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Ancient Ice Reveals Vital Clues About Earth's Past Climate

"The ice sheets are in direct contact with the atmosphere," said Mark Twickler, the lab's science director. "Everything that's in the atmosphere we capture as time goes by, and it gets buried in snow"



    In this Aug. 8, 2016 photo, Geoffrey Hargreaves, curator of the National Ice Core Laboratory, carries an arctic ice core inside the minus-33 degree Fahrenheit environment of the lab's archive warehouse, in Lakewood, Colo. Using a wide range of data, from ice cores to trace gas analysis and other methods, scientists are attempting to measure the past and present so they can better model the near and distant future of our planet.

    Inside a huge walk-in freezer in suburban Denver, a college student in a thick parka shoots a jolt of electricity through a yard-long column of ice extracted from Antarctica.

    Just outside the freezer, in a much warmer room, a computer wired to the ice registers a sudden spike in a jagged red line crawling across the screen.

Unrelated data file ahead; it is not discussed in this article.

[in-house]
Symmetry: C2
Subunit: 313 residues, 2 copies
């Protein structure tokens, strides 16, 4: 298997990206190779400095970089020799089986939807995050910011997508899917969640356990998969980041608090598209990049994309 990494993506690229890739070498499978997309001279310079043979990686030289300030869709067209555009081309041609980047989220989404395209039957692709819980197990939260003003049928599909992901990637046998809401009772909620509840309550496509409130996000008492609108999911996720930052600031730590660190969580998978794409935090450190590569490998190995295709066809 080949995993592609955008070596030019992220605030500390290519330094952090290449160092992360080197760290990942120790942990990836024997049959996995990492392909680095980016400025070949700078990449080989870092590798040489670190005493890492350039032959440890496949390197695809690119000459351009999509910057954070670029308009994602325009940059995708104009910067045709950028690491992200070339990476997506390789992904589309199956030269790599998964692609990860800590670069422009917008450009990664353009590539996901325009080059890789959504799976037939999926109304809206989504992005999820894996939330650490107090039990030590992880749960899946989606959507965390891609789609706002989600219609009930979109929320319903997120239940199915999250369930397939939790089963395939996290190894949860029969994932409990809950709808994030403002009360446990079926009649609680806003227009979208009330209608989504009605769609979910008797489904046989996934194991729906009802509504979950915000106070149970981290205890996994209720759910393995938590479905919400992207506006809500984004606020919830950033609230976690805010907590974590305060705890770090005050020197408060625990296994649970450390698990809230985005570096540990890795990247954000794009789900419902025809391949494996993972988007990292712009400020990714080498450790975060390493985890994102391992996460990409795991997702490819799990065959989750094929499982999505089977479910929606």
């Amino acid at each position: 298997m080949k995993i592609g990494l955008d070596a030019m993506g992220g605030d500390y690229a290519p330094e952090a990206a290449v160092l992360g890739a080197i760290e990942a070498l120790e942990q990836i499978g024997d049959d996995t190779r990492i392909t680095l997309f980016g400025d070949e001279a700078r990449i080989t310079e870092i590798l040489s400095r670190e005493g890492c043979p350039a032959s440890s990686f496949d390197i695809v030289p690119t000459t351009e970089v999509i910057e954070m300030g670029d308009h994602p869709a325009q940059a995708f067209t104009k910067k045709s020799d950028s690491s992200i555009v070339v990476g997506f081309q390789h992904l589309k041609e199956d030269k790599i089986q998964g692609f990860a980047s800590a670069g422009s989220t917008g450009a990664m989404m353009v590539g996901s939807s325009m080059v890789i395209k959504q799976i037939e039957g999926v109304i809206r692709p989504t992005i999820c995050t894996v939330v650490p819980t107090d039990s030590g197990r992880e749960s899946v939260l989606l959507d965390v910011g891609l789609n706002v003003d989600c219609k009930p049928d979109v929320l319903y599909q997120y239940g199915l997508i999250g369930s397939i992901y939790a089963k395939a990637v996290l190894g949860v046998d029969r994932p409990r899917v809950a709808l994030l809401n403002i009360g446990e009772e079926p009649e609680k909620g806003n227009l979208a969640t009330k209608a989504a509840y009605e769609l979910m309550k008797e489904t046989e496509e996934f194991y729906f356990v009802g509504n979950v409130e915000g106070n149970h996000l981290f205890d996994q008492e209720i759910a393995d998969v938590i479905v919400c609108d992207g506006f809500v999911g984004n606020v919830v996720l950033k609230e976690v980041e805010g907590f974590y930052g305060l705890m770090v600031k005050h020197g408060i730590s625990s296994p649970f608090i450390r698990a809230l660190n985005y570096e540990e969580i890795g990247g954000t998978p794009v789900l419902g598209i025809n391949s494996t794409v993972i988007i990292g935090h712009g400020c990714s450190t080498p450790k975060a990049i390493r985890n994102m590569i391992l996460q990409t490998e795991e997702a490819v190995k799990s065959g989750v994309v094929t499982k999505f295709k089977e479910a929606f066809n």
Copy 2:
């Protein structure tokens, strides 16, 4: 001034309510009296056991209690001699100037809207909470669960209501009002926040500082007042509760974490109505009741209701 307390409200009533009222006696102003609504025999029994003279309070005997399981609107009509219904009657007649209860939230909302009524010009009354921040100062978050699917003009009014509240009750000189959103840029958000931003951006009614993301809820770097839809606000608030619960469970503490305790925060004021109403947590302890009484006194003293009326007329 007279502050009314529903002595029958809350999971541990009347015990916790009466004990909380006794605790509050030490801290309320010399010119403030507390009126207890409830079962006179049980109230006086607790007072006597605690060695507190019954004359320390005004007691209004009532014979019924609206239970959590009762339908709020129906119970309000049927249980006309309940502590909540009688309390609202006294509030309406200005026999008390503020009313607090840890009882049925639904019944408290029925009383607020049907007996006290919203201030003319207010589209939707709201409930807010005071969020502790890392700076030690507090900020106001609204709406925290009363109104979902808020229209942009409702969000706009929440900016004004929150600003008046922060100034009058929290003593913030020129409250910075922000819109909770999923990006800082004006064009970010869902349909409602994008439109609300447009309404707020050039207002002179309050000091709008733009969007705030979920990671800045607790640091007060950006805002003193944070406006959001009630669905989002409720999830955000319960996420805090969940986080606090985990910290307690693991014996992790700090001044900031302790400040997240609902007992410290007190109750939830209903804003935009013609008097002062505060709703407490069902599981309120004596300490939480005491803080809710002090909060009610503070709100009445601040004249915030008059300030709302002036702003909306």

"Hey, we got a volcano," says T.J. Fudge, a University of Washington researcher. The electric current has detected a thin layer of volcanic residue in the ice, deposited by an eruption about 8,000 years ago.

    This is the National Ice Core Laboratory in Lakewood, where ice pulled from the depths of Antarctica and Greenland is sliced up, photographed and tested. Most of it is shipped to other labs, where researchers do more experiments looking for clues about Earth's past and future.

    Smooth and milky white, the 4- to 5-inch-diameter pieces — called ice cores — provide scientists with a wealth of historical information, from air temperature to greenhouse gases to evidence of cosmic events. The record reaches as far back as 800,000 years.

    The ice is the remnant of centuries of snowfall, compressed by the weight of successive years of accumulation.